Macrophages are exquisite sensors of tissue homeostasis that can rapidly switch between pro- and anti-inflammatory or regulatory modes to respond to perturbations in their microenvironment. This functional plasticity involves a precise orchestration of gene expression patterns whose transcriptional regulators have not been fully characterized. We had previously identified the transcription factor NFAT5 as an activator of TLR-induced responses, and in this study we explore its contribution to macrophage functions in different polarization settings. We found that both in classically and alternatively polarized macrophages, NFAT5 enhanced functions associated with a proinflammatory profile such as bactericidal capacity and the ability to promote Th1 polarization over Th2 responses. In this regard, NFAT5 upregulated the Th1-stimulatory cytokine IL-12 in classically activated macrophages, whereas in alternatively polarized ones it enhanced the expression of the pro-Th1 mediators Fizz-1 and arginase 1, indicating that it could promote proinflammatory readiness by regulating independent genes in differently polarized macrophages. Finally, adoptive transfer assays in vivo revealed a reduced antitumor capacity in NFAT5-deficient macrophages against syngeneic Lewis lung carcinoma and ID8 ovarian carcinoma cells, a defect that in the ID8 model was associated with a reduced accumulation of effector CD8 T cells at the tumor site. Altogether, detailed analysis of the effect of NFAT5 in pro- and anti-inflammatory macrophages uncovered its ability to regulate distinct genes under both polarization modes and revealed its predominant role in promoting proinflammatory macrophage functions. Copyright © 2017 by The American Association of Immunologists, Inc.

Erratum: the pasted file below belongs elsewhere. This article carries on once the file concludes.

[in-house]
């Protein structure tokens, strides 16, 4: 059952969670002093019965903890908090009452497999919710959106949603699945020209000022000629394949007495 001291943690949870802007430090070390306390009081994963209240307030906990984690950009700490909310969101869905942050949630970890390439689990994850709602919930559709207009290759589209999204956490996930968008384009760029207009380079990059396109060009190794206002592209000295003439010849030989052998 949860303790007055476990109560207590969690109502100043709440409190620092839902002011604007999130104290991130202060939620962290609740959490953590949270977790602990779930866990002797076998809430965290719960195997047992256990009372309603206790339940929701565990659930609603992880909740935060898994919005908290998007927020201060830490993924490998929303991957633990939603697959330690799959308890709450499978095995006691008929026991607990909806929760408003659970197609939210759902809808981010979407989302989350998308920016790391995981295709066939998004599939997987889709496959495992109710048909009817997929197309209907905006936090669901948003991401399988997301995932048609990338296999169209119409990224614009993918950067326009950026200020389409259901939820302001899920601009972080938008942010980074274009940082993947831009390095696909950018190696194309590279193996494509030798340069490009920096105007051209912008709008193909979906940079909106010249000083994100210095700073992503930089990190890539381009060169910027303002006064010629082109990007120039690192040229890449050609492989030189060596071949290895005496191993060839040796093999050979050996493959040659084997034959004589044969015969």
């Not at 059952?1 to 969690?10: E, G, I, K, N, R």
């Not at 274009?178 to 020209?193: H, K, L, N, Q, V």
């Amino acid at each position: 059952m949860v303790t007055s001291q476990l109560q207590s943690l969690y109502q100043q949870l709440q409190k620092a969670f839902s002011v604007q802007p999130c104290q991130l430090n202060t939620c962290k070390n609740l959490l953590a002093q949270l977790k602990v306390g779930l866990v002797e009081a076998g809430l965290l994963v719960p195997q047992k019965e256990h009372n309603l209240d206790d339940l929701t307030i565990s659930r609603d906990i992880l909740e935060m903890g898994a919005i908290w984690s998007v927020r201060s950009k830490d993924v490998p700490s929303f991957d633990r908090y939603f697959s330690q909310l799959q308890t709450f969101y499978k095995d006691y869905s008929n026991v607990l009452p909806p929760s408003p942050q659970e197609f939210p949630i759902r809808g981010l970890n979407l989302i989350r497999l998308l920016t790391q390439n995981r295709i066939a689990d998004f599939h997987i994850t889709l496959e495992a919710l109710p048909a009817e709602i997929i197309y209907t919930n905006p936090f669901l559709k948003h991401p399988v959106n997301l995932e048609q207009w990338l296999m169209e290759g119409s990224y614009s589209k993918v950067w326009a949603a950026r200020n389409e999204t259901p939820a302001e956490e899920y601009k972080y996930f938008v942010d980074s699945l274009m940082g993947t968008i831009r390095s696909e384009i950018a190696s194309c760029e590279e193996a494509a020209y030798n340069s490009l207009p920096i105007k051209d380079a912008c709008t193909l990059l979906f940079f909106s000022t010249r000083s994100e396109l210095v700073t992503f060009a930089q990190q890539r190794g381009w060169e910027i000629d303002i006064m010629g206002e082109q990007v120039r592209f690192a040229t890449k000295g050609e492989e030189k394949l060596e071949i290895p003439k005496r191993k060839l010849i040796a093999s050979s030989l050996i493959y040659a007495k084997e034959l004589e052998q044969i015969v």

19. Exposure to 4-tert-octylphenol, an environmentally persistent alkylphenol, enhances interleukin-4 production in T cells via NF-AT activation

    International Nuclear Information System (INIS)

    Lee, Mi H.; Kim, Eugene; Kim, Tae S.

    2004-01-01